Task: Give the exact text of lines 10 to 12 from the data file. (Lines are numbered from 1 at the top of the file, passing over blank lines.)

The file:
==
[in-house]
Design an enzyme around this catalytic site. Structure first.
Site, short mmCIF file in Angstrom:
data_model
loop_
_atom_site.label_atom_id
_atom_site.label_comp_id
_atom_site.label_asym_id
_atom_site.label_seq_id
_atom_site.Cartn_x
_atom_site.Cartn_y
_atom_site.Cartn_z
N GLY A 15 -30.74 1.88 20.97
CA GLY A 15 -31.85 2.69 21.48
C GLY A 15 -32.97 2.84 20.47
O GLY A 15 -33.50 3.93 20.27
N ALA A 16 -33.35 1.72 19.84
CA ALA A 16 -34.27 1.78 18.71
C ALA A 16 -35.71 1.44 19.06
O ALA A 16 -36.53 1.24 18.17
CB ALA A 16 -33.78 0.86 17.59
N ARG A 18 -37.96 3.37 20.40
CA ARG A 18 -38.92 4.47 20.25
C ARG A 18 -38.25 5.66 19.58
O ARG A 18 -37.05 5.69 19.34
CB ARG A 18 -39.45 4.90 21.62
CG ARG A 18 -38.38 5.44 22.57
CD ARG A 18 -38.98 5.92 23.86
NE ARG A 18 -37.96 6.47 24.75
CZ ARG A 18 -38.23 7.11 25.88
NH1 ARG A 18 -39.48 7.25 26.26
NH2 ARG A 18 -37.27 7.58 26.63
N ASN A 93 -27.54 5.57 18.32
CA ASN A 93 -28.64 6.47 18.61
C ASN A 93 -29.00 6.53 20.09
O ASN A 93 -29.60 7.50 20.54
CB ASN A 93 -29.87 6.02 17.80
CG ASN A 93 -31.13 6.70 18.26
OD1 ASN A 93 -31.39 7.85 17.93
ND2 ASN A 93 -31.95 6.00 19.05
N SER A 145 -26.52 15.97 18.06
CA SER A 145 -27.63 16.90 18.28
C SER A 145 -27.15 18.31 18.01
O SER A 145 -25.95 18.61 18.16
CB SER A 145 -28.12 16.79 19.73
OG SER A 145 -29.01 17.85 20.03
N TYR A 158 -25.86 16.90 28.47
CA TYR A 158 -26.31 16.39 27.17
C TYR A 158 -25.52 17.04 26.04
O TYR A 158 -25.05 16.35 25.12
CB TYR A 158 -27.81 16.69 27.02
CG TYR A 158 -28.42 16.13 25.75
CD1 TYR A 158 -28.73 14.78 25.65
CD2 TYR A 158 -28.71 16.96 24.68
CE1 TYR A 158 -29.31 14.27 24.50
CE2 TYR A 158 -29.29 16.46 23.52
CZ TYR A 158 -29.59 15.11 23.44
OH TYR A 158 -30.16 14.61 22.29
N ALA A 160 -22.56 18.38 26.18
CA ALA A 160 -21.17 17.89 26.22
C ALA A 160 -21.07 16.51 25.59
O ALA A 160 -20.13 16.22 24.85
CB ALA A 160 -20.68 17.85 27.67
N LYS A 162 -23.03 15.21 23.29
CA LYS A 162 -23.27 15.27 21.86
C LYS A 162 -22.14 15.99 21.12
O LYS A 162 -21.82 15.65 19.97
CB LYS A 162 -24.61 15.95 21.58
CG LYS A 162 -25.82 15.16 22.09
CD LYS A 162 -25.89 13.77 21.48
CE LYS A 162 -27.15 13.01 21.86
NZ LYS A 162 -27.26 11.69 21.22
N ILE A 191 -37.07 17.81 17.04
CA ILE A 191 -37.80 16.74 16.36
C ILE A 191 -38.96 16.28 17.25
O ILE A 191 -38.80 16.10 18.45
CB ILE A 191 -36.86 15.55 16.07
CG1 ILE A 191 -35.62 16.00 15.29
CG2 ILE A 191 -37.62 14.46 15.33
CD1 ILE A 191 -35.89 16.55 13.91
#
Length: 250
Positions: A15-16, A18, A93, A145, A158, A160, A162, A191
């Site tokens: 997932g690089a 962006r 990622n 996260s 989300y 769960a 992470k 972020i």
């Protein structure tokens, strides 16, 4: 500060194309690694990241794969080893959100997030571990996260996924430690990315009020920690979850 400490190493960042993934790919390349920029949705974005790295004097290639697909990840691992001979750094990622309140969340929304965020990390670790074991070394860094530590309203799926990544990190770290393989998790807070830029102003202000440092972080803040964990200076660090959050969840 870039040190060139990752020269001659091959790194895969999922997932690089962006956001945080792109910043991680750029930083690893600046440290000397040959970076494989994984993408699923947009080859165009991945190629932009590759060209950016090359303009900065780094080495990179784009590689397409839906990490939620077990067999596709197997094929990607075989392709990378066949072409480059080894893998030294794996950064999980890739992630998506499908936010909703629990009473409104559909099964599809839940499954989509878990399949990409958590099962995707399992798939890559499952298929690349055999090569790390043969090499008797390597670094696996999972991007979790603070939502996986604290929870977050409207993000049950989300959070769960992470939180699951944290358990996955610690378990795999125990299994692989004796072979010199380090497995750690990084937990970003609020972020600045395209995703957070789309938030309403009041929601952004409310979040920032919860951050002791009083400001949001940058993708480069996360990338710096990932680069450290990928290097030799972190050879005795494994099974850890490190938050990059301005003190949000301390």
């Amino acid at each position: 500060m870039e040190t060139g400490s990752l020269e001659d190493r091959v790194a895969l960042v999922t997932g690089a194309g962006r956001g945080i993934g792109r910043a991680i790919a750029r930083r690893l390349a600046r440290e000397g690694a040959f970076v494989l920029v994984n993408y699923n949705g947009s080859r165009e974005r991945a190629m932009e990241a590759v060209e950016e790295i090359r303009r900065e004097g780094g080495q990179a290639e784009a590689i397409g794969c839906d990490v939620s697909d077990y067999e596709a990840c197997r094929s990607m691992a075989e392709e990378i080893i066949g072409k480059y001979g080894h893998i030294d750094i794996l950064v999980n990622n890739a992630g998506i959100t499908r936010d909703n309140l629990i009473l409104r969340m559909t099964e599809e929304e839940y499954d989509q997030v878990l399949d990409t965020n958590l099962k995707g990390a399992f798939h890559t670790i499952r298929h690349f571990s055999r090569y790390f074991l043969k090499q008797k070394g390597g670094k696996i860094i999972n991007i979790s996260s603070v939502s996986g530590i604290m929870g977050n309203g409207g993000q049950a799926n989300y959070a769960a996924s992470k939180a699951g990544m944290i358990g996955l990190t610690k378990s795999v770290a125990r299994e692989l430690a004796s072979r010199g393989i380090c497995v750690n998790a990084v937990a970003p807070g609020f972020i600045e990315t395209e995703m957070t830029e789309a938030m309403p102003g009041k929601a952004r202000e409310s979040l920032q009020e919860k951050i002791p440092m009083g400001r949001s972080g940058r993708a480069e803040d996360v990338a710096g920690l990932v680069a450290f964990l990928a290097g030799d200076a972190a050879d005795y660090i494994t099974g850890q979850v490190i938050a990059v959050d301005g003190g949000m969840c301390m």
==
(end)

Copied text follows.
_atom_site.Cartn_x
_atom_site.Cartn_y
_atom_site.Cartn_z